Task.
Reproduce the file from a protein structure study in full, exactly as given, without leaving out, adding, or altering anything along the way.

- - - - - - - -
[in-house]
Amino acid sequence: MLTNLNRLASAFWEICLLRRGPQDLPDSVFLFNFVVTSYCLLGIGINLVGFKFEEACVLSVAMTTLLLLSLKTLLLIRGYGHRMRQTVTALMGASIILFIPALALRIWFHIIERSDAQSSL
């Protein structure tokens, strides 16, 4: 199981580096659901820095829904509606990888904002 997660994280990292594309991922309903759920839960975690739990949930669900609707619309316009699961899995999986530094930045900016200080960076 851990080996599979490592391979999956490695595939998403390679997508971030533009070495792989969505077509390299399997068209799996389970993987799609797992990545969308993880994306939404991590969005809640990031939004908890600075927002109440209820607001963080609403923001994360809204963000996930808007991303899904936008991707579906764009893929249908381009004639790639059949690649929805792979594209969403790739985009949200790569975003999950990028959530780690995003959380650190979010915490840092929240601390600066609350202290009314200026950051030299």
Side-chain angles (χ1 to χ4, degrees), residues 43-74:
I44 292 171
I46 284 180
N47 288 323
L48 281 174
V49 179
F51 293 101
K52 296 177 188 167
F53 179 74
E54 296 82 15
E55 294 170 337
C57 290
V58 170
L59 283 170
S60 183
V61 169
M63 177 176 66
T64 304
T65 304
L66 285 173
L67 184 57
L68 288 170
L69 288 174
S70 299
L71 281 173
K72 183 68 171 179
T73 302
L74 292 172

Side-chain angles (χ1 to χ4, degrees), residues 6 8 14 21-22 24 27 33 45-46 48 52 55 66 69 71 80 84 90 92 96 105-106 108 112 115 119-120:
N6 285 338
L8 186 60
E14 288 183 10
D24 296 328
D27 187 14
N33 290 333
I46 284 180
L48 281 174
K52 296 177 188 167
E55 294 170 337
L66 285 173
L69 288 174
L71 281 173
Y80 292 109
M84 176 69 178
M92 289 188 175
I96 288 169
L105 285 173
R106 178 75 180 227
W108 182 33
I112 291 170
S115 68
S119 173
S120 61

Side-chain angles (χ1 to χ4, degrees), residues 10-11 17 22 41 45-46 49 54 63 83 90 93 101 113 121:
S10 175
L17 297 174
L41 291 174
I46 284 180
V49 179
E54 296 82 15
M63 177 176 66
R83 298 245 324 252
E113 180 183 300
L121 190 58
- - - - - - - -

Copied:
[in-house]
Amino acid sequence: MLTNLNRLASAFWEICLLRRGPQDLPDSVFLFNFVVTSYCLLGIGINLVGFKFEEACVLSVAMTTLLLLSLKTLLLIRGYGHRMRQTVTALMGASIILFIPALALRIWFHIIERSDAQSSL
């Protein structure tokens, strides 16, 4: 199981580096659901820095829904509606990888904002 997660994280990292594309991922309903759920839960975690739990949930669900609707619309316009699961899995999986530094930045900016200080960076 851990080996599979490592391979999956490695595939998403390679997508971030533009070495792989969505077509390299399997068209799996389970993987799609797992990545969308993880994306939404991590969005809640990031939004908890600075927002109440209820607001963080609403923001994360809204963000996930808007991303899904936008991707579906764009893929249908381009004639790639059949690649929805792979594209969403790739985009949200790569975003999950990028959530780690995003959380650190979010915490840092929240601390600066609350202290009314200026950051030299």
Side-chain angles (χ1 to χ4, degrees), residues 43-74:
I44 292 171
I46 284 180
N47 288 323
L48 281 174
V49 179
F51 293 101
K52 296 177 188 167
F53 179 74
E54 296 82 15
E55 294 170 337
C57 290
V58 170
L59 283 170
S60 183
V61 169
M63 177 176 66
T64 304
T65 304
L66 285 173
L67 184 57
L68 288 170
L69 288 174
S70 299
L71 281 173
K72 183 68 171 179
T73 302
L74 292 172

Side-chain angles (χ1 to χ4, degrees), residues 6 8 14 21-22 24 27 33 45-46 48 52 55 66 69 71 80 84 90 92 96 105-106 108 112 115 119-120:
N6 285 338
L8 186 60
E14 288 183 10
D24 296 328
D27 187 14
N33 290 333
I46 284 180
L48 281 174
K52 296 177 188 167
E55 294 170 337
L66 285 173
L69 288 174
L71 281 173
Y80 292 109
M84 176 69 178
M92 289 188 175
I96 288 169
L105 285 173
R106 178 75 180 227
W108 182 33
I112 291 170
S115 68
S119 173
S120 61

Side-chain angles (χ1 to χ4, degrees), residues 10-11 17 22 41 45-46 49 54 63 83 90 93 101 113 121:
S10 175
L17 297 174
L41 291 174
I46 284 180
V49 179
E54 296 82 15
M63 177 176 66
R83 298 245 324 252
E113 180 183 300
L121 190 58